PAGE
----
Motivational interactions: The Role of Inhibition in Pavlovian Aversive to Appetitive Transfer
The nature of motivational interactions between appetitive and aversive response systems was assessed in four Pavlovian transfer studies where the two conditional responses are peripherally independent. The theory of reciprocal inhibition postulates that excitatory aversive conditioning would inhibit appetitive conditioning. Furthermore, inhibitory aversive conditioning would enhance appetitive conditioning. According to recent formulations of reciprocal inhibition, several transfer effects are predicted on the basis of results found within a single motivational system. Some of these were tested here for Pavlovian motivational transfer.
In each transfer study, four aversive pretraining conditions were used. Excitatory aversive conditioning was conducted by forward pairings of the tone CS with shock. Inhibitory aversive pretraining was conducted by backward pairings, where the shock preceded the tone. In addition, two control conditions were included: a random control, where the tone CS and shock were presented in an uncorrelated manner; and a naive control condition, where no tones or shocks were presented. The four transfer studies differed only in their treatment in the transfer phase.
Experiment 1 transferred aversive pretraining onto an aversive conditional inhibition discrimination to the pretrained tone. This transfer design is sensitive to inhibitory pretraining and was used to demonstrate clearly that backward pretraining effectively produces an inhibitory aversive CS and that random pretraining does not. The results showed that backward pretraining with the shock and tone enhanced the acquisition of a conditional inhibition discrimination to the backward tone CS. Random pretraining, on the other hand, interferred with the acquisition of conditional inhibition to the random tone CS.
Experimental 2 transferred aversive pretraining onto the simple acquisition of appetitive responding to the tone CS. Excitatory aversive pretraining profoundly retarded acquisition to the tone CS. Inhibitory aversive pretraining enhanced appetitive responding to the tone CS compared to the naive control condition, but not compared to the random control condition which also showed enhanced acquisition compared to the naive control condition. With the exception of performance in the random control condition, Experiment 2 confirmed the predictions of reciprocal inhibition.
Experimental 3 transferred aversive pretraining onto the acquisition of an appetitive conditional inhibition discrimination to the tone CS. The excitatory aversive tone suppressed appetitive responding from the outset of discrimination training. Although the inhibitory aversive and random control conditions enhanced responding on negative trials initially, this enhancement was short-lived compared to the naive control condition. The results of Experiment 3 confirmed the inhibitory nature of excitatory aversive transfer to the appetitive system, but are inconclusive with respect to the predicted facilitative nature of inhibitory aversive transfer for the appetitive system.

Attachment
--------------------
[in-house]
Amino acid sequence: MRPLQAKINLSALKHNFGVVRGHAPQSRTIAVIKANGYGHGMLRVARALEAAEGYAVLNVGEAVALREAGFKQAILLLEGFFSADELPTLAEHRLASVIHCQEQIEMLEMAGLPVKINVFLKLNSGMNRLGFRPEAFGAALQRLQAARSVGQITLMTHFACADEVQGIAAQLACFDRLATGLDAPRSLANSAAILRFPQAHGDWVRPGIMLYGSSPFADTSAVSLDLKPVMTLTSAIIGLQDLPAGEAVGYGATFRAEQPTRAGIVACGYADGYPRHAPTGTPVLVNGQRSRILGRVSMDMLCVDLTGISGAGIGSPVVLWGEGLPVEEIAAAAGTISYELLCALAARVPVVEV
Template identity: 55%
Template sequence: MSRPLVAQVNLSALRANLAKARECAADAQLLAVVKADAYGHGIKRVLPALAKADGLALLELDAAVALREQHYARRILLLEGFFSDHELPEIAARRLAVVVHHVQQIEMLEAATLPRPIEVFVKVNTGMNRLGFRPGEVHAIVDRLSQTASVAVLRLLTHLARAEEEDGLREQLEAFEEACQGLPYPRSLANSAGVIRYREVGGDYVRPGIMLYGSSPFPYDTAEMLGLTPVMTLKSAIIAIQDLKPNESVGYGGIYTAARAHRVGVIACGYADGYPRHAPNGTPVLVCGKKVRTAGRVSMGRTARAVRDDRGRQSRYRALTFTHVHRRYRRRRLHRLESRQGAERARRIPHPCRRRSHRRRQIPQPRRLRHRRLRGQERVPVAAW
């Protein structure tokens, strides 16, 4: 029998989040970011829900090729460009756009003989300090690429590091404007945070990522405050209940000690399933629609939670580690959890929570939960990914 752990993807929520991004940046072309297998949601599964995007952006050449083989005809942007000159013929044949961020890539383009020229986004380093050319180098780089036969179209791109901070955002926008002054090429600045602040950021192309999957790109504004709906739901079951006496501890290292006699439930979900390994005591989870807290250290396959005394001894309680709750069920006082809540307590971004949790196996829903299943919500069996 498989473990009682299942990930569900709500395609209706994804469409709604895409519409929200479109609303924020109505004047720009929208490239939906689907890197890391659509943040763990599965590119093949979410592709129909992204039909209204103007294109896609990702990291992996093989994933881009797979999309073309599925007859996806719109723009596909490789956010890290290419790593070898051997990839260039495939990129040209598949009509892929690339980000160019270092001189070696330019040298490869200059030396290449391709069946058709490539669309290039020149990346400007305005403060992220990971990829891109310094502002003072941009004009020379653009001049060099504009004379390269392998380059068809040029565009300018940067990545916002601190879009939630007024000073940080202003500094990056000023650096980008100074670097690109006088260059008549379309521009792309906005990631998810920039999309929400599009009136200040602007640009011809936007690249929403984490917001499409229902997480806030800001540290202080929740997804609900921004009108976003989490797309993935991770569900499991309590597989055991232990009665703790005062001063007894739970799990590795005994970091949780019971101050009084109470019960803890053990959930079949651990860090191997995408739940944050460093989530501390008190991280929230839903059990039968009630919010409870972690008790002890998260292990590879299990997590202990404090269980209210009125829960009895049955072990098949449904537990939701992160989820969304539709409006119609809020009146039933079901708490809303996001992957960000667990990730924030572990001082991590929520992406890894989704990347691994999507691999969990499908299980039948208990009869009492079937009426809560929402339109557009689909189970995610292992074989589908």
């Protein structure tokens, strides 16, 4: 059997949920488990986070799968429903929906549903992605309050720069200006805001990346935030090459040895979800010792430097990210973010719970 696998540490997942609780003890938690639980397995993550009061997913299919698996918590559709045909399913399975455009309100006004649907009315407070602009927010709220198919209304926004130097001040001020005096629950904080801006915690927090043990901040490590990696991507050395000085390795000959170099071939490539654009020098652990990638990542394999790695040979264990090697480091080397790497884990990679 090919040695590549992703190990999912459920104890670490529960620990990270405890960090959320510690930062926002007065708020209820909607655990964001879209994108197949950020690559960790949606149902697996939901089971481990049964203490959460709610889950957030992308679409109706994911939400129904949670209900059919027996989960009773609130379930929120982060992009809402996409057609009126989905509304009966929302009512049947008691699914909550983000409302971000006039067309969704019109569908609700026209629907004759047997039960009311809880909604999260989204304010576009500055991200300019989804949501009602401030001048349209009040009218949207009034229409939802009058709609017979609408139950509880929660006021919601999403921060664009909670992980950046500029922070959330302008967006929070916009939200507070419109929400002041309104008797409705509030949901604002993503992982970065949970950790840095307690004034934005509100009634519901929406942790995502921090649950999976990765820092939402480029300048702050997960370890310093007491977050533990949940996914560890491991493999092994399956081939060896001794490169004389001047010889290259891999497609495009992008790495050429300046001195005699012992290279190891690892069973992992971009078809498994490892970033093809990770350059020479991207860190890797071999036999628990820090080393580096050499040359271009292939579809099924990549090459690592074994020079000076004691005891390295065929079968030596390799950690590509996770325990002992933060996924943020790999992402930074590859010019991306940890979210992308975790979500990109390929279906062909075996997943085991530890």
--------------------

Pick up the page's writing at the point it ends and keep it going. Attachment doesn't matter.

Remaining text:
Experiment 4 transferred aversive pretraining onto compound appetitive conditioning. Excitatory aversive pretraining suppressed responding during compound acquisition, but showed enhanced responding to the previously neutral light CS ("superconditioning") compared to naive control condition which received appetitive conditioning to the light alone. Inhibitory aversive pretraining enhanced responding during compound conditioning compared to the naive control conditions but not more than the random control condition. Both the inhibitory aversive and random control conditions responded more to the light CS than the naive control condition, but were not different from the naive control condition which received light alone acquisition. This apparent reduction in overshadowing is inconsistent with the predictions of reciprocal inhibition for inhibitory aversive transfer.
Taken together, the results suggest that aversive excitation is inhibitory, but aversive inhibition is not facilitative, for the appetitive conditioning system. A model is proposed which incorporates this asymmetry in motivational interactions. In addition, analysis of control group performance suggests that greater attention be paid to contextual conditioning and pseudoconditioning in assessing motivational interactions.